• L. J. Rashkin, J. C. Neely, S. F. Glover, T. J. McCoy, and S. D. Pekarek, “Dynamic Considerations of Power System Coupling through Dual-Wound Generators,” 2017 IEEE Electric Ship Technologies Symposium (ESTS), Washington, D.C., 2017, pp. 493-500.
  • Orji, U., et. al., “Adaptive Zonal Protection for Ring Microgrids,” IEEE Transactions on Smart Grid, Vol. 8, Iss. 4, pp. 1843-1851, July 2017.
  • Hebner, R., et. al., “Technical cross-fertilization between terrestrial microgrids and ship power systems,” Journal of Modern Power Systems and Clean Energy, Springer, Volume 4, Issue 2, April 2016, pp 161–179.
  • McCoy, T., “Integrated Power Systems – an Outline of Requirements and Functionalities for Ships,” Proceedings of the IEEE, Invited Paper, Vol. 103, No. 12, pp. 2276-2284, December 2015.
  • McCoy, T., “Electric Ships: Past, Present and Future,” IEEE Electrification Magazine, Vol. 3, No. 2, pp. 4-11, June 2015. – Invited Article.
  • Orji, U., et. al., “Load Modeling For Power System Requirement and Capability Assessment,” IEEE Transactions on Power Systems, Vol. 30, Issue 3, pp. 1415-1423, 2015.
  • McCoy, T., et. al., “Naval Power Systems Technology Development Road Map,” ASNE Day 2013, Arlington, VA, February 2013. – Invited Paper.
  • Doerry, N., McCoy, T., Martin, T., “Energy and the Affordable Future Fleet,” International Naval Engineering Conference, Portsmouth, UK, May 2010.
  • Benavides, N., McCoy, T., Chrin, M., “Reliability Improvements in Integrated Power Systems with Pressure-Contact Semiconductors,” ASNE Day 2009, April 2009.
  • McCoy, T., Amy, J., “The State-of-the-Art of Integrated Electric Power and Propulsion Systems and Technologies on Ships,” IEEE Electric Ship Technology Symposium, pp. 340-344, Baltimore, MD, April 2009. – Invited Paper.
  • McCoy, T., Amy, J., “The State-of-the-Art of Integrated Electric Power and Propulsion
  • Systems and Technologies on Ships,” ASNE Electric Ship Design Symposium, February 2009. – Invited Paper, Keynote Presentation.
  • Prempraneerach, P., et. al., “Sensitivity Analysis of Shipboard Integrated Power Systems,” Naval Engineers Journal, vol. 120, No. 1, 2008.
  • McCoy, T., et. al., “Hybrid Electric Drive for DDG-51 Class Destroyers,” Naval Engineers Journal, vol. 119, No. 2, pp. 83-91, October 2007.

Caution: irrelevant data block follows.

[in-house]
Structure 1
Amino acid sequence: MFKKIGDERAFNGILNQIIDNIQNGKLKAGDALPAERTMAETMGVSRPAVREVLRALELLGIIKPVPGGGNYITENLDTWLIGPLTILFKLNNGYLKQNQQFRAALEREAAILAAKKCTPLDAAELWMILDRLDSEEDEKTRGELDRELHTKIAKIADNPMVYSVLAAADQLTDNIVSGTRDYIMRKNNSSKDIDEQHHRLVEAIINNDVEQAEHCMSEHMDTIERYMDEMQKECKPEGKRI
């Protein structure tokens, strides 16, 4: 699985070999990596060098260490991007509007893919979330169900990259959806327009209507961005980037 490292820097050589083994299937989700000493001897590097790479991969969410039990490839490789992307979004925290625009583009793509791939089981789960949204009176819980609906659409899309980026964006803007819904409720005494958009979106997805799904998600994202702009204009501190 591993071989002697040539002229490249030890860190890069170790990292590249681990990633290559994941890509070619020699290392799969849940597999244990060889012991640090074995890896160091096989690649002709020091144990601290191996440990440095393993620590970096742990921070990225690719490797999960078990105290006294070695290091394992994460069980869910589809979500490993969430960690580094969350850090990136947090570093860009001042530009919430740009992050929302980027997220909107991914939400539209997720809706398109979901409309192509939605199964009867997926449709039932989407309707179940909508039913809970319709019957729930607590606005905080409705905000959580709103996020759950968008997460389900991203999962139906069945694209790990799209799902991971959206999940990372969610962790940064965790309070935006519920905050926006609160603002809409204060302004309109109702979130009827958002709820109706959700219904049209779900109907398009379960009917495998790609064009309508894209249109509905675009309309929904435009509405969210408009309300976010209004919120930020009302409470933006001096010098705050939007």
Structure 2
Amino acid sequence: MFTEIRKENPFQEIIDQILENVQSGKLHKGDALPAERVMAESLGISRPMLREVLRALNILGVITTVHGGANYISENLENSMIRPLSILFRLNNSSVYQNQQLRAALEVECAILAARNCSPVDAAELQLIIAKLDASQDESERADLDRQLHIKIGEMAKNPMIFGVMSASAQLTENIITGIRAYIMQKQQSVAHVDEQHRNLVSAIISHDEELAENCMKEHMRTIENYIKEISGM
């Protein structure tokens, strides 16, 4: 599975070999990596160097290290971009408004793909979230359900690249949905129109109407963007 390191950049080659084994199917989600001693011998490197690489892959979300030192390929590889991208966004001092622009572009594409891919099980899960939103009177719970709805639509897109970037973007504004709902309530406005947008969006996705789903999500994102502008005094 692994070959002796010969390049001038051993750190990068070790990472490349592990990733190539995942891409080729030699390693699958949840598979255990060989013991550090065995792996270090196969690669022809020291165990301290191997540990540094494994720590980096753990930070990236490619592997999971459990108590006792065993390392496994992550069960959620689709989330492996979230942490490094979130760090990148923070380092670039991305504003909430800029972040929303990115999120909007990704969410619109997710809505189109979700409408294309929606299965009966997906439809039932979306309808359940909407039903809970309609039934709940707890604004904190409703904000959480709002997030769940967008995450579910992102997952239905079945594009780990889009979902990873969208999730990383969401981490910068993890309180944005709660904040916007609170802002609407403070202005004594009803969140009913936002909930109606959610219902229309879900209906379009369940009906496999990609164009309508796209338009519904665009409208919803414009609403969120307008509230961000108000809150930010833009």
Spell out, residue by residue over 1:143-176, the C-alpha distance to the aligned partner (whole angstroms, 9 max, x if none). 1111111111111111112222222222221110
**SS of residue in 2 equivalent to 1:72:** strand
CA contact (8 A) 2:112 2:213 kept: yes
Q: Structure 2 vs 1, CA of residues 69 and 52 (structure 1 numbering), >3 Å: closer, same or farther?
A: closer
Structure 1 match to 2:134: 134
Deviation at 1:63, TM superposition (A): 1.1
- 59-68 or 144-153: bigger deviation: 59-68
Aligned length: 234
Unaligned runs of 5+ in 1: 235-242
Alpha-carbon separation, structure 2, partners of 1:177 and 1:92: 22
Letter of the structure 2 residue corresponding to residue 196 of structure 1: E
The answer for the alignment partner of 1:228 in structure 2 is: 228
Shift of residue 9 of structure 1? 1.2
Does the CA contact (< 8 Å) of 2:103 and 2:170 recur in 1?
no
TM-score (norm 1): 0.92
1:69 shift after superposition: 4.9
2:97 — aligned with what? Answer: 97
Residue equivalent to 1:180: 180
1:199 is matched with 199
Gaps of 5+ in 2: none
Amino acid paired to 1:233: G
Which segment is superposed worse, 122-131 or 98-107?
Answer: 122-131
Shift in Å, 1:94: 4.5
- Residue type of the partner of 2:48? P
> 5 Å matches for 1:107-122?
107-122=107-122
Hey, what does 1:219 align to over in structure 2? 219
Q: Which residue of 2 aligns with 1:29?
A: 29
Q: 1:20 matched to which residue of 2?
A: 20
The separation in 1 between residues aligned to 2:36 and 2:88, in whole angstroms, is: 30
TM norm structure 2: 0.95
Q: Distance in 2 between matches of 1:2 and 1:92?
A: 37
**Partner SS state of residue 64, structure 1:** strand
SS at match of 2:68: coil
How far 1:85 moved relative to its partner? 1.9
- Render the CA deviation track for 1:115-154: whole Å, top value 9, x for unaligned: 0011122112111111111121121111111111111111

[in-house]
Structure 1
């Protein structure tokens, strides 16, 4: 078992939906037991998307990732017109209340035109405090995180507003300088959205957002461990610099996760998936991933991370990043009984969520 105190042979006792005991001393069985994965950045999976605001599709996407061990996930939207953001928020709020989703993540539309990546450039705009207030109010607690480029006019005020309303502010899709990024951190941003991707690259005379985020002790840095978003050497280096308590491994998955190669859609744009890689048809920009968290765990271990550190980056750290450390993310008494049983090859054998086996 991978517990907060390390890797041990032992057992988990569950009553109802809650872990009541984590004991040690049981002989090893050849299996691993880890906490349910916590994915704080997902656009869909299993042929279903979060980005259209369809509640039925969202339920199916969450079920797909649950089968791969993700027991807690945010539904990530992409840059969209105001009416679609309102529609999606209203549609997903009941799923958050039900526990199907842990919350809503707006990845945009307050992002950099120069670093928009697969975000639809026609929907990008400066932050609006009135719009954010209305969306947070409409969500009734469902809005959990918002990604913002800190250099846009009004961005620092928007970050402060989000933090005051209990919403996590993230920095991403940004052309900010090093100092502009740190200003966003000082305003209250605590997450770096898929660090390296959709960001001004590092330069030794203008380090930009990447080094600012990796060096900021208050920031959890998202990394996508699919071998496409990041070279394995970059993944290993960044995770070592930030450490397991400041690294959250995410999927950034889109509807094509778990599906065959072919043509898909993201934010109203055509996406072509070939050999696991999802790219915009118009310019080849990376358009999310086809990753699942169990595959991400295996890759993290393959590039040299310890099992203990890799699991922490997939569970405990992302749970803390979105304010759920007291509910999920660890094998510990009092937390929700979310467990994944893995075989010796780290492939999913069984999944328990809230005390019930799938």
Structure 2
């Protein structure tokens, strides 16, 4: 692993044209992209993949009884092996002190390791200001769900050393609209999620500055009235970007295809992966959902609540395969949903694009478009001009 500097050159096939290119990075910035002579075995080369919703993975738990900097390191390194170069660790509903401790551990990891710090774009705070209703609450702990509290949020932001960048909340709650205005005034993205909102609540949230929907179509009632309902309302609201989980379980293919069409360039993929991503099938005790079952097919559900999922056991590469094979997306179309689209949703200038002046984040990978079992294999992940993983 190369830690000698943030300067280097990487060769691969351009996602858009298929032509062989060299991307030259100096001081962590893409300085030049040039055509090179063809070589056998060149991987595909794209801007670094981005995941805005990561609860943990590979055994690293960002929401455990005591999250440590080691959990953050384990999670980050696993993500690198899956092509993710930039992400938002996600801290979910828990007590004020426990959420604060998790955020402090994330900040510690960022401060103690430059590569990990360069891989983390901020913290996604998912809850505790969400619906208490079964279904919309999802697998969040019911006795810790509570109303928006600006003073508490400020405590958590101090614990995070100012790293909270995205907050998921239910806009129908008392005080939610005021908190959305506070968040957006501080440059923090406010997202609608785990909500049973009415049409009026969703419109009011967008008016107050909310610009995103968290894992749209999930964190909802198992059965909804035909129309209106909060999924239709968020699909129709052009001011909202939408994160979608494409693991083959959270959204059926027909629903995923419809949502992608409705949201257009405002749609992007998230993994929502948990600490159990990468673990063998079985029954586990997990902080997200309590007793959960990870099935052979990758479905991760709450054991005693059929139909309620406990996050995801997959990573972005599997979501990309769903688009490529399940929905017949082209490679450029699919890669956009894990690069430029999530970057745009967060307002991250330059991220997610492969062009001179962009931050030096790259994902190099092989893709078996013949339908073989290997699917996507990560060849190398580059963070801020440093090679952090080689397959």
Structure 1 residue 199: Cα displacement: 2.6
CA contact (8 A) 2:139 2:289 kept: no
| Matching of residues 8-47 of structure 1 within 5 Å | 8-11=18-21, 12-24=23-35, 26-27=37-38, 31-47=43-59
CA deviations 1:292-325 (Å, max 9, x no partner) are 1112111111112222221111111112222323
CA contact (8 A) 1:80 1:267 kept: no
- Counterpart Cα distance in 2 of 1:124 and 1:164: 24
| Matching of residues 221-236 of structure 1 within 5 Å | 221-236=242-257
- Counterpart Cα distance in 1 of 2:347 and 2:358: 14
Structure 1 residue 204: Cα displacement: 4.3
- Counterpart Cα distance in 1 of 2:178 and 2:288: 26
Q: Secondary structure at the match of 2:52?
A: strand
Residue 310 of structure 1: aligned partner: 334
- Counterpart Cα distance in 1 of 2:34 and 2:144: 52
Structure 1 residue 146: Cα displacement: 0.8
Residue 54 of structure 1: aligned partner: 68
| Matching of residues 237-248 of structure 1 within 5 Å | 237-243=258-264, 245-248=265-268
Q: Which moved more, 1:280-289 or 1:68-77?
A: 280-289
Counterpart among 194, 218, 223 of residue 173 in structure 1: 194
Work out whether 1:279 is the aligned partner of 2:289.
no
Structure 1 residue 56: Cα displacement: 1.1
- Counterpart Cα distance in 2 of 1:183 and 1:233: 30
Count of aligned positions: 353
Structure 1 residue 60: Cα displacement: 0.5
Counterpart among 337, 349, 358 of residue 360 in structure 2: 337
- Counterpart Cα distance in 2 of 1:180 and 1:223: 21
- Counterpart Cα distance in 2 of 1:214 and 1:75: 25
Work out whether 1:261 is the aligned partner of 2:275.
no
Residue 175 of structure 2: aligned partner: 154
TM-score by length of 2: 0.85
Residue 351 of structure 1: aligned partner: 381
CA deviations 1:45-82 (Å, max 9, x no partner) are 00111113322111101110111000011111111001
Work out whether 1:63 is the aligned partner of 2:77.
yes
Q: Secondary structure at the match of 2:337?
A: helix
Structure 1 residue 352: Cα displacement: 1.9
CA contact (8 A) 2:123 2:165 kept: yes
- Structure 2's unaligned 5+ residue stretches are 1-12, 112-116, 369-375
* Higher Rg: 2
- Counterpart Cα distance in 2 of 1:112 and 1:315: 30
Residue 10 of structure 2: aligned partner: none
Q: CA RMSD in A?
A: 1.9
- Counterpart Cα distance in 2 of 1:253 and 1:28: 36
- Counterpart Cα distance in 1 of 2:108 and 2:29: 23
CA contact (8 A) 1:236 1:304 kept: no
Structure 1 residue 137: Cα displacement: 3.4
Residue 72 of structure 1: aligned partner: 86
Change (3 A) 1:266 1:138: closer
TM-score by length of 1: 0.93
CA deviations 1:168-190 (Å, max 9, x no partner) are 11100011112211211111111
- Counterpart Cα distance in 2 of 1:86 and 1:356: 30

• Rucker, J., McCoy, T., Kirtley, J., “Design and Analysis of a Permanent Magnet Generator for Naval Applications,” IEEE Electric Ship Technologies Symposium, Philadelphia, PA, pp. 451-458, July 2005.
  • Denucci, T., et. al., “Diagnostics Indicators for Shipboard Systems using Non-Intrusive Load Monitoring,” IEEE Electric Ship Technologies Symposium, Philadelphia, PA, pp. 413-420, July 2005.
  • McCoy, T., “Trends in Ship Electric Propulsion,” Proceedings of the IEEE Power Engineering Society Transmission and Distribution Conference, v 1, n SUMMER, pp. 343-346, 2002.
  • Aliprantis, D., Kuhn, B.T., Sudhoff, S.D., McCoy, T.J., “A Detailed Synchronous Machine Model,” SAE Technical Paper 2002-01-3205, Transactions Journal of Aerospace, v.111-1, 2002.
  • McCoy, T., “Powering the Fleet of the 21st Century,” US Naval Institute Proceedings, May 2000.
  • Crane, A., McCoy, T., “Electromagnetic compatibility Design for a 19 MW PWM Motor,” Proceedings of the IEEE IAS Annual Meeting, v. 3, p. 1590, 1999.
  • Benatmane, M., McCoy, T., Cooper, T., Dalton, T., “Electric Power Generation and Propulsion Motor Development for US Navy Surface Ships,” Transactions-Institute of Marine Engineers, Series C-110, pp. 53-62, 1998.
  • Amy, J., Doerry, N., McCoy, T., “Shipboard Controls of the Future,” Naval Engineers Journal, May 1997.


  • NA331 Marine Power and Energy I
  • NA332 Marine Power and Energy II